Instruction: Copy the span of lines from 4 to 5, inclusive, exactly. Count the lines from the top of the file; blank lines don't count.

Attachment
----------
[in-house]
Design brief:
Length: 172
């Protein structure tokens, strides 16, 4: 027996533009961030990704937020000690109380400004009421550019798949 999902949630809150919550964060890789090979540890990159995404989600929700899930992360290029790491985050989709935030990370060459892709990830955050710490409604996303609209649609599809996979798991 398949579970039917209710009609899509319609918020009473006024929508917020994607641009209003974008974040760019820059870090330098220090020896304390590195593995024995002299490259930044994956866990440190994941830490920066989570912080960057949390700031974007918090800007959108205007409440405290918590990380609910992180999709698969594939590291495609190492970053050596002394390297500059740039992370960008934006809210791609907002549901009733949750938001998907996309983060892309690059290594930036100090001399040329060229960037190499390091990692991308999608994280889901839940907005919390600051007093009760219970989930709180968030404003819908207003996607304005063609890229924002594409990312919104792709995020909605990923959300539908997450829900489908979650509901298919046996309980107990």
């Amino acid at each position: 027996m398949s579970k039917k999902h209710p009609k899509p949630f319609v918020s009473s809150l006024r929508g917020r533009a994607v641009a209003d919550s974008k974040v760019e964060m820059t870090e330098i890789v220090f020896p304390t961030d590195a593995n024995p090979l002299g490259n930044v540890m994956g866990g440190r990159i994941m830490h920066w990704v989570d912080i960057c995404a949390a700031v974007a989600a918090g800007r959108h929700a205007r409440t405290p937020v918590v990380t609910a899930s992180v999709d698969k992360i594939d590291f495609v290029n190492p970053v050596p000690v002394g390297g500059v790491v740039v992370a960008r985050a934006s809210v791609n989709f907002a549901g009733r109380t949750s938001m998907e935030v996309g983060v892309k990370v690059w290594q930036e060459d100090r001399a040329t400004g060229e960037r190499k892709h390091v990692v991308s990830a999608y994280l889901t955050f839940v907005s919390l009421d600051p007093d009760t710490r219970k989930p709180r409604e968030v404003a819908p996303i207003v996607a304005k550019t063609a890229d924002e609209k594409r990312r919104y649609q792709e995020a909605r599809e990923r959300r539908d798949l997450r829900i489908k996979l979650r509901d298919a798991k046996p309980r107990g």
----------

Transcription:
């Protein structure tokens, strides 16, 4: 027996533009961030990704937020000690109380400004009421550019798949 999902949630809150919550964060890789090979540890990159995404989600929700899930992360290029790491985050989709935030990370060459892709990830955050710490409604996303609209649609599809996979798991 398949579970039917209710009609899509319609918020009473006024929508917020994607641009209003974008974040760019820059870090330098220090020896304390590195593995024995002299490259930044994956866990440190994941830490920066989570912080960057949390700031974007918090800007959108205007409440405290918590990380609910992180999709698969594939590291495609190492970053050596002394390297500059740039992370960008934006809210791609907002549901009733949750938001998907996309983060892309690059290594930036100090001399040329060229960037190499390091990692991308999608994280889901839940907005919390600051007093009760219970989930709180968030404003819908207003996607304005063609890229924002594409990312919104792709995020909605990923959300539908997450829900489908979650509901298919046996309980107990």
């Amino acid at each position: 027996m398949s579970k039917k999902h209710p009609k899509p949630f319609v918020s009473s809150l006024r929508g917020r533009a994607v641009a209003d919550s974008k974040v760019e964060m820059t870090e330098i890789v220090f020896p304390t961030d590195a593995n024995p090979l002299g490259n930044v540890m994956g866990g440190r990159i994941m830490h920066w990704v989570d912080i960057c995404a949390a700031v974007a989600a918090g800007r959108h929700a205007r409440t405290p937020v918590v990380t609910a899930s992180v999709d698969k992360i594939d590291f495609v290029n190492p970053v050596p000690v002394g390297g500059v790491v740039v992370a960008r985050a934006s809210v791609n989709f907002a549901g009733r109380t949750s938001m998907e935030v996309g983060v892309k990370v690059w290594q930036e060459d100090r001399a040329t400004g060229e960037r190499k892709h390091v990692v991308s990830a999608y994280l889901t955050f839940v907005s919390l009421d600051p007093d009760t710490r219970k989930p709180r409604e968030v404003a819908p996303i207003v996607a304005k550019t063609a890229d924002e609209k594409r990312r919104y649609q792709e995020a909605r599809e990923r959300r539908d798949l997450r829900i489908k996979l979650r509901d298919a798991k046996p309980r107990g």